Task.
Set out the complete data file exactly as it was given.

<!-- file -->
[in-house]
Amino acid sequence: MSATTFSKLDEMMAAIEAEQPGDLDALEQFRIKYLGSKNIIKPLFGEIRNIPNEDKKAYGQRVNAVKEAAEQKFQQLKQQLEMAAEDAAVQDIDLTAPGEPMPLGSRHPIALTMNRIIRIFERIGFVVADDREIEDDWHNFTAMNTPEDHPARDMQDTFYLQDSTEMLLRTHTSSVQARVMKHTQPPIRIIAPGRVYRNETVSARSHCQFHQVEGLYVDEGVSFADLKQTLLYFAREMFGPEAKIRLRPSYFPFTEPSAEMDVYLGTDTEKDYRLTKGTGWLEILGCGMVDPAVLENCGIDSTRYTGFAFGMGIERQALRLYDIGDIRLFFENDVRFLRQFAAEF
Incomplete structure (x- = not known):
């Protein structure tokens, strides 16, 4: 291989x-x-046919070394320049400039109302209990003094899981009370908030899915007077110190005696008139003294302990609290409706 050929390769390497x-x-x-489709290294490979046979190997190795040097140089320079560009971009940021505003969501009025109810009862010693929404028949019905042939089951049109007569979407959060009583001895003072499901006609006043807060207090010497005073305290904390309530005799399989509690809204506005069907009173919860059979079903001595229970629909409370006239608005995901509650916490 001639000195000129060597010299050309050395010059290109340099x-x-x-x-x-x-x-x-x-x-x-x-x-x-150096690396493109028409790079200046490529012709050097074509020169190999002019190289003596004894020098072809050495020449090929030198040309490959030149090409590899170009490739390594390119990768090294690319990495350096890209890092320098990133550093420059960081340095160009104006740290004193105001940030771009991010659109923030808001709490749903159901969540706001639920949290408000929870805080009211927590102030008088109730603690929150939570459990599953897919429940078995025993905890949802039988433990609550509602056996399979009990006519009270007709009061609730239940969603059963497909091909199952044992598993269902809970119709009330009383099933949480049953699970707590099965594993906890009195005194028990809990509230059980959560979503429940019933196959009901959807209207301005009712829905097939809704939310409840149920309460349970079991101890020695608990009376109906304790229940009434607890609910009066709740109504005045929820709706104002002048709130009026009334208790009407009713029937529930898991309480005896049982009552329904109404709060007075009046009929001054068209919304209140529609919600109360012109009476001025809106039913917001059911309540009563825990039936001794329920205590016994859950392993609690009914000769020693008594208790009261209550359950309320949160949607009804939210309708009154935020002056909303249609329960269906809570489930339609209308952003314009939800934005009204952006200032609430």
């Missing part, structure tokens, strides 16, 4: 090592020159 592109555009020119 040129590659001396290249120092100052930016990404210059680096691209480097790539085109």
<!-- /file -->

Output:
[in-house]
Amino acid sequence: MSATTFSKLDEMMAAIEAEQPGDLDALEQFRIKYLGSKNIIKPLFGEIRNIPNEDKKAYGQRVNAVKEAAEQKFQQLKQQLEMAAEDAAVQDIDLTAPGEPMPLGSRHPIALTMNRIIRIFERIGFVVADDREIEDDWHNFTAMNTPEDHPARDMQDTFYLQDSTEMLLRTHTSSVQARVMKHTQPPIRIIAPGRVYRNETVSARSHCQFHQVEGLYVDEGVSFADLKQTLLYFAREMFGPEAKIRLRPSYFPFTEPSAEMDVYLGTDTEKDYRLTKGTGWLEILGCGMVDPAVLENCGIDSTRYTGFAFGMGIERQALRLYDIGDIRLFFENDVRFLRQFAAEF
Incomplete structure (x- = not known):
């Protein structure tokens, strides 16, 4: 291989x-x-046919070394320049400039109302209990003094899981009370908030899915007077110190005696008139003294302990609290409706 050929390769390497x-x-x-489709290294490979046979190997190795040097140089320079560009971009940021505003969501009025109810009862010693929404028949019905042939089951049109007569979407959060009583001895003072499901006609006043807060207090010497005073305290904390309530005799399989509690809204506005069907009173919860059979079903001595229970629909409370006239608005995901509650916490 001639000195000129060597010299050309050395010059290109340099x-x-x-x-x-x-x-x-x-x-x-x-x-x-150096690396493109028409790079200046490529012709050097074509020169190999002019190289003596004894020098072809050495020449090929030198040309490959030149090409590899170009490739390594390119990768090294690319990495350096890209890092320098990133550093420059960081340095160009104006740290004193105001940030771009991010659109923030808001709490749903159901969540706001639920949290408000929870805080009211927590102030008088109730603690929150939570459990599953897919429940078995025993905890949802039988433990609550509602056996399979009990006519009270007709009061609730239940969603059963497909091909199952044992598993269902809970119709009330009383099933949480049953699970707590099965594993906890009195005194028990809990509230059980959560979503429940019933196959009901959807209207301005009712829905097939809704939310409840149920309460349970079991101890020695608990009376109906304790229940009434607890609910009066709740109504005045929820709706104002002048709130009026009334208790009407009713029937529930898991309480005896049982009552329904109404709060007075009046009929001054068209919304209140529609919600109360012109009476001025809106039913917001059911309540009563825990039936001794329920205590016994859950392993609690009914000769020693008594208790009261209550359950309320949160949607009804939210309708009154935020002056909303249609329960269906809570489930339609209308952003314009939800934005009204952006200032609430």
């Missing part, structure tokens, strides 16, 4: 090592020159 592109555009020119 040129590659001396290249120092100052930016990404210059680096691209480097790539085109």